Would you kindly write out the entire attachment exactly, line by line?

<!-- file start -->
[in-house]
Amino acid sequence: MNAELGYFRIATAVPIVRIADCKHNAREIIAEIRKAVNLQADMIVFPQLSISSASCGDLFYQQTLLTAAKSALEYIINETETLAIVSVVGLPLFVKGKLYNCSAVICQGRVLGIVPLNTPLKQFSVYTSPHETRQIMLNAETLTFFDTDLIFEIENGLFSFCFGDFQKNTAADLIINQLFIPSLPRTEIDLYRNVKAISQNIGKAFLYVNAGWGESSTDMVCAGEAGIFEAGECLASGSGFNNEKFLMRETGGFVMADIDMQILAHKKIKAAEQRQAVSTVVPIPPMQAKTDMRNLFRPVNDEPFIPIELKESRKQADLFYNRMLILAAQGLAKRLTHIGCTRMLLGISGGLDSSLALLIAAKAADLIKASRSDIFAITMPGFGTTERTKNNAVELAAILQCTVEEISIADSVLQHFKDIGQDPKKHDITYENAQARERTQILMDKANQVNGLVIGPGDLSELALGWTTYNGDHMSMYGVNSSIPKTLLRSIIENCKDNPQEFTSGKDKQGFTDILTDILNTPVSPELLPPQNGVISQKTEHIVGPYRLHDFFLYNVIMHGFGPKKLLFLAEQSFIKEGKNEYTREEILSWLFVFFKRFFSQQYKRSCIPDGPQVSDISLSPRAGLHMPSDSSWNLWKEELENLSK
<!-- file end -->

[in-house]
Amino acid sequence: MNAELGYFRIATAVPIVRIADCKHNAREIIAEIRKAVNLQADMIVFPQLSISSASCGDLFYQQTLLTAAKSALEYIINETETLAIVSVVGLPLFVKGKLYNCSAVICQGRVLGIVPLNTPLKQFSVYTSPHETRQIMLNAETLTFFDTDLIFEIENGLFSFCFGDFQKNTAADLIINQLFIPSLPRTEIDLYRNVKAISQNIGKAFLYVNAGWGESSTDMVCAGEAGIFEAGECLASGSGFNNEKFLMRETGGFVMADIDMQILAHKKIKAAEQRQAVSTVVPIPPMQAKTDMRNLFRPVNDEPFIPIELKESRKQADLFYNRMLILAAQGLAKRLTHIGCTRMLLGISGGLDSSLALLIAAKAADLIKASRSDIFAITMPGFGTTERTKNNAVELAAILQCTVEEISIADSVLQHFKDIGQDPKKHDITYENAQARERTQILMDKANQVNGLVIGPGDLSELALGWTTYNGDHMSMYGVNSSIPKTLLRSIIENCKDNPQEFTSGKDKQGFTDILTDILNTPVSPELLPPQNGVISQKTEHIVGPYRLHDFFLYNVIMHGFGPKKLLFLAEQSFIKEGKNEYTREEILSWLFVFFKRFFSQQYKRSCIPDGPQVSDISLSPRAGLHMPSDSSWNLWKEELENLSK